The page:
Feel free to reach out! I'm excited to connect. You can contact me here

  • Software Development
  • NextJS
  • Airtable

How to create an image gallery using Airtable with NextJS

A step-by-step guide on setting up an image gallery using Airtable with NextJS and TailwindCSS for styling

Why Airtable

It didn't took long for me to decide on using Airtable as my data source given I've used it many times in the past to create quick MVPs and hacks. To those unfamiliar, Airtable is like Google Spreadsheets on Nitro. It basically lets you create and manage databases with the ability to add scripts and extensions to do pretty much anything you need. It's highly customizable and offers a variety of options for integrating with different services (i.e. Google Calendar, Salesforce, Asana, etc).

Why NextJS

Next.js is a popular JavaScript React-based framework for building fast-loading static and server-rendered sites. Since my website and blog will consist mainly of static content, Next JS was the obvious choice. It was easy to start and the deployment is a breeze with platforms like Vercel.

In this article, I'll be guiding you on how to re-create my Books page that shows you a gallery of all the noteworthy books I've read in the past.

Let's get started!

1. Set up an Airtable account

Now, let's talk about how to create your database of images using Airtable. Here are the steps:

  1. Sign up for an Airtable account and create a Workspace
  2. Update the default table/spreadsheet with the relevant columns. I've updated mine with a `Title` (Single Line Text), `Image` (Attachment) and `URL` (URL) columns.
  3. Create an Airtable personal access token. This can be done by going to the "Developer Hub" page in Airtable and then generating a new personal access token. Here's a link for your convenience https://airtable.com/create/tokens
  4. Give your token a name, and provide the token with the right access scope and workspace by selecting the data.records:read scope and add your workspace.

Done. Let's move on to the fun part!

2. Set up NextJS with TailwindCSS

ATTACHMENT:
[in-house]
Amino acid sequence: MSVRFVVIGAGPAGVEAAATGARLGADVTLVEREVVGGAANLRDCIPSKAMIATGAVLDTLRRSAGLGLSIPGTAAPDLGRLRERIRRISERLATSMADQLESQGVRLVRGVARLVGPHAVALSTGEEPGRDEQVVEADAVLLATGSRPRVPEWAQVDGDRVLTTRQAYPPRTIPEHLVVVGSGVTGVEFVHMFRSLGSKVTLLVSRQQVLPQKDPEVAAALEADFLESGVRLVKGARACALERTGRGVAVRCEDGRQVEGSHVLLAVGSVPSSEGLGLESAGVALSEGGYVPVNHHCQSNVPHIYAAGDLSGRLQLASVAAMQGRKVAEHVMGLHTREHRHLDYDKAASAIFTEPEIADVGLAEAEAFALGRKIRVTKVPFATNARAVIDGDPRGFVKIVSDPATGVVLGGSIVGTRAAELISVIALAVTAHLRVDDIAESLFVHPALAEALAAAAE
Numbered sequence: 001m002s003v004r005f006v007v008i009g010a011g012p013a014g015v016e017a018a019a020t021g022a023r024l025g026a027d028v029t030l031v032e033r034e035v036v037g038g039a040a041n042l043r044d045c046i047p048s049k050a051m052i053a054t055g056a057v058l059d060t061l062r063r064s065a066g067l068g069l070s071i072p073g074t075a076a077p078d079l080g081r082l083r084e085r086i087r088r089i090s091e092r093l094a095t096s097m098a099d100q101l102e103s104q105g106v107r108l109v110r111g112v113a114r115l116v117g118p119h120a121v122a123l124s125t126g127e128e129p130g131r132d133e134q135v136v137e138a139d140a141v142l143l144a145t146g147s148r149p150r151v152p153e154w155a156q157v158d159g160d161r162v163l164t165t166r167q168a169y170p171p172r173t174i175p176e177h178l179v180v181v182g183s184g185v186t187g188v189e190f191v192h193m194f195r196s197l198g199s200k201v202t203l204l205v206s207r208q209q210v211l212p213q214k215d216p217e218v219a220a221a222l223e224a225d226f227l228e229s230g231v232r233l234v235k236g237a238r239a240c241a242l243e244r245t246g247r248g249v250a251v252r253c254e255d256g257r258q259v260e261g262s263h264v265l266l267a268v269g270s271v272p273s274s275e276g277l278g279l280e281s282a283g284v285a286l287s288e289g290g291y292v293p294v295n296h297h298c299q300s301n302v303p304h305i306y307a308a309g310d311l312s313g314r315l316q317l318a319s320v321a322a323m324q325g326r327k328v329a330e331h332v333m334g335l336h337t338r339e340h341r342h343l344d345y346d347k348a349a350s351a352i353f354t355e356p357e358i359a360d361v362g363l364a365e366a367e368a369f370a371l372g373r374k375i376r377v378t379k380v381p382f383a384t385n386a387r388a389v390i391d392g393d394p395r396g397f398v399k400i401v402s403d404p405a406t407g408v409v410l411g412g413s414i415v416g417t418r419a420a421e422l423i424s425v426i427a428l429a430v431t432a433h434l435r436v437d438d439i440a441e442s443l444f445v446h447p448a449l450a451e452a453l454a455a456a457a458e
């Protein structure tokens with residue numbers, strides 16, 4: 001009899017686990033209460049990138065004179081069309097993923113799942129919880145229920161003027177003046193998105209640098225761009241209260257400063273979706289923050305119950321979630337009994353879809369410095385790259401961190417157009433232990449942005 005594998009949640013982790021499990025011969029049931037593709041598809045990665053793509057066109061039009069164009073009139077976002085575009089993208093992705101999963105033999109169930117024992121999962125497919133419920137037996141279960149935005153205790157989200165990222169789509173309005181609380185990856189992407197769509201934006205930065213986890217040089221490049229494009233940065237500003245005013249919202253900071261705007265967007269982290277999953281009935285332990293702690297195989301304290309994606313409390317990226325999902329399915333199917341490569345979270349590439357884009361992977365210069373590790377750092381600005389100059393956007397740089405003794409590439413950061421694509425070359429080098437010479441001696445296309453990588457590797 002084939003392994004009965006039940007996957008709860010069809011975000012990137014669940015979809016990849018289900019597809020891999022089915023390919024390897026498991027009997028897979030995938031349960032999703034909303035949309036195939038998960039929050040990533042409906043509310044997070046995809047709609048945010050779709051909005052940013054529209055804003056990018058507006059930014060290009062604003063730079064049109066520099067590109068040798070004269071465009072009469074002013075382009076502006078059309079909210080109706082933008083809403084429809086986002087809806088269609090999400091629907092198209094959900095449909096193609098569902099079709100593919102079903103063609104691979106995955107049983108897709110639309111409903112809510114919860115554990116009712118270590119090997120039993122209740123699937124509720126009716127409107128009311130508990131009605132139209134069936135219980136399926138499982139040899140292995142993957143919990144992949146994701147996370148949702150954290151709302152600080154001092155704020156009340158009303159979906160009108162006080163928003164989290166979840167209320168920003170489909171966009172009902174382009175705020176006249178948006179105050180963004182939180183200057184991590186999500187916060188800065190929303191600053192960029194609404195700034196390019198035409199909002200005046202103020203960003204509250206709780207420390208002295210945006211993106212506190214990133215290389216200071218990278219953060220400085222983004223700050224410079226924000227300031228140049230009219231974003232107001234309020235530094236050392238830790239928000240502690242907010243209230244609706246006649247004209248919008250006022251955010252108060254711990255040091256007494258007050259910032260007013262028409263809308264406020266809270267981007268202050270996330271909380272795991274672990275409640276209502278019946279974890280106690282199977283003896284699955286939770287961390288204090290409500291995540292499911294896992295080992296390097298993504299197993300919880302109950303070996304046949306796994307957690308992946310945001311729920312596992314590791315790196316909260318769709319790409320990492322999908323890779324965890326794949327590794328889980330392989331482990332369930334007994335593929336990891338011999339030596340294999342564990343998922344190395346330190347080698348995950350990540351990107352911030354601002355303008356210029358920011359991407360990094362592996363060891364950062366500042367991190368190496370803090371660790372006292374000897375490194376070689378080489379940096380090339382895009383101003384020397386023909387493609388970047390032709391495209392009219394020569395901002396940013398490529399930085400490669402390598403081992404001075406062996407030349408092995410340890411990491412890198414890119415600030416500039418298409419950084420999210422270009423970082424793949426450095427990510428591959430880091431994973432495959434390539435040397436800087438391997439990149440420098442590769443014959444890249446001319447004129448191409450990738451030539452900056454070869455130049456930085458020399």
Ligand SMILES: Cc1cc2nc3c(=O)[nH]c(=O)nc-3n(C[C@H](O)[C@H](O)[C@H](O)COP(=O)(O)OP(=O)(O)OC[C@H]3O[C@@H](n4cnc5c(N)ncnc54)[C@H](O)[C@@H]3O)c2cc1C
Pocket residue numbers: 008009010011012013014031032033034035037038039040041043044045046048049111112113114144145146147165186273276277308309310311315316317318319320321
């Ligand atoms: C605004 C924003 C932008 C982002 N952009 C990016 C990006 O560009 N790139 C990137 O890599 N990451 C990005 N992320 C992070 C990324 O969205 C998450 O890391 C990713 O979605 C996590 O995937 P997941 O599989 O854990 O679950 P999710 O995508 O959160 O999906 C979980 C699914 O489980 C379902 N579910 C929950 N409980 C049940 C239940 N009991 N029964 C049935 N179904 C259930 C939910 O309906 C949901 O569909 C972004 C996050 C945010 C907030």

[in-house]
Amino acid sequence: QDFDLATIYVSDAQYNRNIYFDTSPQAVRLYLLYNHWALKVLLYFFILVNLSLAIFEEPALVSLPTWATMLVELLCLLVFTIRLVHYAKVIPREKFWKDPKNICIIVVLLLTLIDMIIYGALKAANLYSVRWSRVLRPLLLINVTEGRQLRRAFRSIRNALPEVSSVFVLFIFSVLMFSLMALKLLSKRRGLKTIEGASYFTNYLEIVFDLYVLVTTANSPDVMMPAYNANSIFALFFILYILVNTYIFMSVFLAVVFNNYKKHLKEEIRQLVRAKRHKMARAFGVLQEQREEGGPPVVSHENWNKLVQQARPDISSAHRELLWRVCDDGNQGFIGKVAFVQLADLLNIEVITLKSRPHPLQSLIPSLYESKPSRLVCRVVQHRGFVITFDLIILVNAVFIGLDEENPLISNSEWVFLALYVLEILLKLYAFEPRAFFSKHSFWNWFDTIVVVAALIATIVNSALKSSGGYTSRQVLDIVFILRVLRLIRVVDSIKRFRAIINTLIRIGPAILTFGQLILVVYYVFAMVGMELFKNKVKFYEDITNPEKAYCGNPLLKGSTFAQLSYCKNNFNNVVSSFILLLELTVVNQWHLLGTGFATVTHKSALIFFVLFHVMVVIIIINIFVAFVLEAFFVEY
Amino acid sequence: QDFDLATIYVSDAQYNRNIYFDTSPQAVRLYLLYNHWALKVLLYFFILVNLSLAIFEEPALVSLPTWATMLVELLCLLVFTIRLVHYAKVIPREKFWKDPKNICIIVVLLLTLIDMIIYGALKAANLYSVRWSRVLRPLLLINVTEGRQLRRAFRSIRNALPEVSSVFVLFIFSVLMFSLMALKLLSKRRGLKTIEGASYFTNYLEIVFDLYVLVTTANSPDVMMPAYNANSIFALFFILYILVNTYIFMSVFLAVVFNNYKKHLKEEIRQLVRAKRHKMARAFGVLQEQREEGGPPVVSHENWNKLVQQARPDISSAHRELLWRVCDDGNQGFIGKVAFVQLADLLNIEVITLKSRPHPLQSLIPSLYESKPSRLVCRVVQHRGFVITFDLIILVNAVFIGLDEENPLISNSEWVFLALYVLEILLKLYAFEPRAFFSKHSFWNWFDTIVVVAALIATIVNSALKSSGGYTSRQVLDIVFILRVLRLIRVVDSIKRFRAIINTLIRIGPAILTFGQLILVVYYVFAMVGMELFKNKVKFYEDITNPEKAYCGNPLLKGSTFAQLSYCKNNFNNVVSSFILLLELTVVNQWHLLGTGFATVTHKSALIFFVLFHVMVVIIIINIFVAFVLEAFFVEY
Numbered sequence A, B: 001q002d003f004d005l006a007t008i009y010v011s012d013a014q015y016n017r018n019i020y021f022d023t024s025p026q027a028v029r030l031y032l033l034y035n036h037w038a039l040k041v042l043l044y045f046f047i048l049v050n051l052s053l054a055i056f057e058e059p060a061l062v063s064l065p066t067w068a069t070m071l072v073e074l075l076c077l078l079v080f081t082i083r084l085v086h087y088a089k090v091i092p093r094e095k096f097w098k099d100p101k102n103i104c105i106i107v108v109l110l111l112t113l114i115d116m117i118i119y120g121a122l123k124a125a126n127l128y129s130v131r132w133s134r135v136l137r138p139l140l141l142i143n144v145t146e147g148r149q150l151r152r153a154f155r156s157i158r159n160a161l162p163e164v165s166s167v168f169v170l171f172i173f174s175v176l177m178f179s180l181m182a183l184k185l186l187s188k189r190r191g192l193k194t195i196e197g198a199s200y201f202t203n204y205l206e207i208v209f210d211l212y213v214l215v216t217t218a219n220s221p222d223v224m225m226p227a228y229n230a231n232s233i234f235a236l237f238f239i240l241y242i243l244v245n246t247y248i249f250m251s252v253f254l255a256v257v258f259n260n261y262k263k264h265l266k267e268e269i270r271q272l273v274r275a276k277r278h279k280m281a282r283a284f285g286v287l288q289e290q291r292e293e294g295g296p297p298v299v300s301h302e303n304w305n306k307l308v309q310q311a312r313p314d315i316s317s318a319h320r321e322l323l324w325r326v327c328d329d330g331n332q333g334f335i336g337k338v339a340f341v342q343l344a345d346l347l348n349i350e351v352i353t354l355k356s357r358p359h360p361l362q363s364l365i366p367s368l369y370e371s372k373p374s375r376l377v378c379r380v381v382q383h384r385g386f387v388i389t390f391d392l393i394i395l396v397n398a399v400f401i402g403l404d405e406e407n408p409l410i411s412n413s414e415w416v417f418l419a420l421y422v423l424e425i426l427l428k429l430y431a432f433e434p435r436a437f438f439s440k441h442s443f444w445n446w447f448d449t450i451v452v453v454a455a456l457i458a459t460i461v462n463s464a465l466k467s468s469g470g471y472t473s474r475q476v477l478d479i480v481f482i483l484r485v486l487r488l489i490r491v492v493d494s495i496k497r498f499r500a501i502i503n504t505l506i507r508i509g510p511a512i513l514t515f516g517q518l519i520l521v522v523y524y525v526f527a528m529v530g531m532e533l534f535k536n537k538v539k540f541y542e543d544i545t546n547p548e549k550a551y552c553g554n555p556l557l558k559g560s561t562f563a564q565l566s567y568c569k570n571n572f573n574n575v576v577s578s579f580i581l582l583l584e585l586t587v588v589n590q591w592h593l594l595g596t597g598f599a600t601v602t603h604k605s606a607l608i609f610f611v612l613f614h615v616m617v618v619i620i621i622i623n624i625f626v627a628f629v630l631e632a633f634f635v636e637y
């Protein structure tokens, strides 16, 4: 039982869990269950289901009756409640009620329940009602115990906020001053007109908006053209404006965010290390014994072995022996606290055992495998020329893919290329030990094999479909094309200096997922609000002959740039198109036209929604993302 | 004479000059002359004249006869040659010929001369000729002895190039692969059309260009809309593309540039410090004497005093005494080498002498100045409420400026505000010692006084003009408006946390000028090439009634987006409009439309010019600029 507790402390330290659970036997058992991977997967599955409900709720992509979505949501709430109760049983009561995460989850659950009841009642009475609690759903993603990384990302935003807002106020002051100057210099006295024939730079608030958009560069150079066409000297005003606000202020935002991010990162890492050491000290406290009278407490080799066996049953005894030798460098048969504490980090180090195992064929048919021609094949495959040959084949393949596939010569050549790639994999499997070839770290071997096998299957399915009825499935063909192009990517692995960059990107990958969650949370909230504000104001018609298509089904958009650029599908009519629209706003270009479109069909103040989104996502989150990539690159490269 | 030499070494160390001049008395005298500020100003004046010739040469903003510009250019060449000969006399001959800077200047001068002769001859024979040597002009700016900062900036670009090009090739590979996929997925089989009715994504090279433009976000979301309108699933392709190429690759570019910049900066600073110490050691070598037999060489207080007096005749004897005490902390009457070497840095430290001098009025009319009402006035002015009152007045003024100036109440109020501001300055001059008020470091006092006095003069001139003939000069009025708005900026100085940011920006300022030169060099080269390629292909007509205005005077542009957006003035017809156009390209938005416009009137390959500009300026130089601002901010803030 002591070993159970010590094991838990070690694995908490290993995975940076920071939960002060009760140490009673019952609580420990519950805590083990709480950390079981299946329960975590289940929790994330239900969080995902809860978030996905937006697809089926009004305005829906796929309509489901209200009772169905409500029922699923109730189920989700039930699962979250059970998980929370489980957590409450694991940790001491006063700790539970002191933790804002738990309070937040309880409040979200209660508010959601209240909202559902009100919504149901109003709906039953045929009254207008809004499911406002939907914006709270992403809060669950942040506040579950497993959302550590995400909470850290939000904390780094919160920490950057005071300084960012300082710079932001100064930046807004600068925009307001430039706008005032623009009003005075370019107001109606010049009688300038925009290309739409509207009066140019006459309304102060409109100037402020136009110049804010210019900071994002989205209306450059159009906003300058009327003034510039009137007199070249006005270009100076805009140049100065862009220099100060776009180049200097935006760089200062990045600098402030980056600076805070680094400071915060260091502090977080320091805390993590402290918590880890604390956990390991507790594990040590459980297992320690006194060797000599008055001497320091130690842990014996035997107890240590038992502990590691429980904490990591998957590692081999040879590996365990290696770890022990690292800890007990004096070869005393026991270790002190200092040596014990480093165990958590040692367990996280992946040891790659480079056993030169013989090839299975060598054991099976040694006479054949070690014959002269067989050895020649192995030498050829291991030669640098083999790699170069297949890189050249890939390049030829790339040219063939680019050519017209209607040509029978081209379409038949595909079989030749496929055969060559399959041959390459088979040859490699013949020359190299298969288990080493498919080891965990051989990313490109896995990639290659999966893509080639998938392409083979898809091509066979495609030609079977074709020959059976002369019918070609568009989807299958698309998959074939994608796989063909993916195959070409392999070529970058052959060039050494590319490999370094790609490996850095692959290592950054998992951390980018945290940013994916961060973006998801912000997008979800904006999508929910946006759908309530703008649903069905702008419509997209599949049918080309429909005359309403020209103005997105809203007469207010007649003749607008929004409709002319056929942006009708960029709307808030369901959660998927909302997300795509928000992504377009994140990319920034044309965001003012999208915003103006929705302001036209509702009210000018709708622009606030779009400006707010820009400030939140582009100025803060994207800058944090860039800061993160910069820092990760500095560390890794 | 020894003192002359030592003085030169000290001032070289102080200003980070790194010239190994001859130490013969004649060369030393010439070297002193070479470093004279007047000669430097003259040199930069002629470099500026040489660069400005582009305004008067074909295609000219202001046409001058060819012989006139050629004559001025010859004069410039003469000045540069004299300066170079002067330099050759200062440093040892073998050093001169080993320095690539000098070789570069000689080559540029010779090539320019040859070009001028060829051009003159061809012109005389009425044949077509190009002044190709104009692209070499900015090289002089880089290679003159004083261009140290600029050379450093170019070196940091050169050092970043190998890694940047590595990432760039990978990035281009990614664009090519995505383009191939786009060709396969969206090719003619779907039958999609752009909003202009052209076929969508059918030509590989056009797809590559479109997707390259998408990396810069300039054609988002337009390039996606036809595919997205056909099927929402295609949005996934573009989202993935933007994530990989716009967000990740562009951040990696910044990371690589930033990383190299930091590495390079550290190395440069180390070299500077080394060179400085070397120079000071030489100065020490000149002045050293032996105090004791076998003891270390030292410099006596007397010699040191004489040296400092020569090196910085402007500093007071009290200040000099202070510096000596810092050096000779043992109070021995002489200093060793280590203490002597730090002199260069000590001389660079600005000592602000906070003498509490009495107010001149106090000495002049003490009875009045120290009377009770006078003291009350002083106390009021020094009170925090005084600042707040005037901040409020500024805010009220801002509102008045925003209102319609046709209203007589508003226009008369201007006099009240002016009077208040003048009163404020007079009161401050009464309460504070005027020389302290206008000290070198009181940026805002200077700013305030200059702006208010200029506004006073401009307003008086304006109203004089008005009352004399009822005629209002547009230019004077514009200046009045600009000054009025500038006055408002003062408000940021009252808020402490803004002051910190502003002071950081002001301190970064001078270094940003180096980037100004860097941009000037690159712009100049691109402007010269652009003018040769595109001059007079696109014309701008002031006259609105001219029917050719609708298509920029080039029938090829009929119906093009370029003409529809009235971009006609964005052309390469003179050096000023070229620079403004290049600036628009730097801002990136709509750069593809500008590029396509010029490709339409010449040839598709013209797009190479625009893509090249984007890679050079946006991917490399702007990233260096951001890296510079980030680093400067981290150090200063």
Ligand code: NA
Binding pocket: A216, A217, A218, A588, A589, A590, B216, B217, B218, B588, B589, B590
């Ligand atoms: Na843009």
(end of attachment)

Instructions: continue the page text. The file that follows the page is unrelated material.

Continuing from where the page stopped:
Start off by creating your NextJS app

npx create-next-app@latest books --use-npm

I'm going to be using Tailwind CSS for this guide, so lets install it along with its dependencies. Running the init command will generate both tailwind.config.js and postcss.config.js

npm install -D tailwindcss postcss autoprefixer
npx tailwindcss init -p

Depending on your setup, add the paths to all of your template files by updating the newly generated tailwind.config.js file. In my example below, I'm adding the path to my src folder:

/** @type {import('tailwindcss').Config} */
module.exports = {
  content: ['./src/**/*.{js,ts,jsx,tsx}'],
  theme: {
    extend: {},
  plugins: [],

Next, go to your styles/globals.css file and add the tailwind directives as follow. You can choose to remove any existing default styles generated:

@tailwind base;
@tailwind components;
@tailwind utilities;

Now that tailwind is setup, lets create a .env.local file in our root directory to manage our Airtable token, base and table id that we will need later on as environment variables. We can then conveniently access them via process.env later. Here's an example:


The following is a guide from Airtable on locating your base and table ID. To do so, simply navigate to your Airtable workspace and utilize the URL in your browser's address bar.

With the environment variables out of the way, lets start up our NextJS app and visit localhost:3000 to make sure everything is loading fine:

npm run dev

3. Set up the image gallery

Great! Let's head over to the src/pages/index.js page and start fetching the records from Airtable.

First, import next/image and next/link to load the images with links to the respective URLs from the Airtable workspace

Inside the getStaticProps function, fetch the records from your Airtable workspace using the environment variables you set up earlier with the process.env helper

Using the records, render your page accordingly. Below is a complete example of my index.js file for your reference.

import Head from 'next/head';
import Image from 'next/image';
import Link from 'next/link';
import { Inter } from '@next/font/google';

const inter = Inter({ subsets: ['latin'] });

export const getStaticProps = async (context) => {
  const res = await fetch(
    { headers: { Authorization: `Bearer ${process.env.AIRTABLE_TOKEN}` } }
  const books = await res.json();
  return {
    props: {
      books: books.records,

export default function Home({ books }) {
  return (
        <title>My Library</title>
        <meta name="description" content="Generated by create next app" />
        <meta name="viewport" content="width=device-width, initial-scale=1" />
        <link rel="icon" href="/favicon.ico" />
      <main className="p-10 lg:py-20">
        <div className="mb-16">
          <h1 className="text-4xl text-gray-900 font-semibold text-center">
            My Library
        <div className="mx-auto">
          <div className="grid grid-cols-2 border-l border-t border-gray-200 md:grid-cols-3 lg:grid-cols-4">
            {books.map((book) => (
                className="group relative border-r border-b border-gray-200 p-4 sm:p-6 bg-white"
                <div className="aspect-w-1 aspect-h-1 bg-gray-200 group-hover:opacity-75">
                    className="h-full w-full object-cover object-center"
                <div className="pt-4">
                  <h3 className="font-medium text-gray-900">
                      <span aria-hidden="true" className="absolute inset-0" />

Here is the final result.

Wrapping things up

This article is one of many that I plan to share regarding my experiences and learnings gained from building my personal website using NextJS. I hope you found this article useful!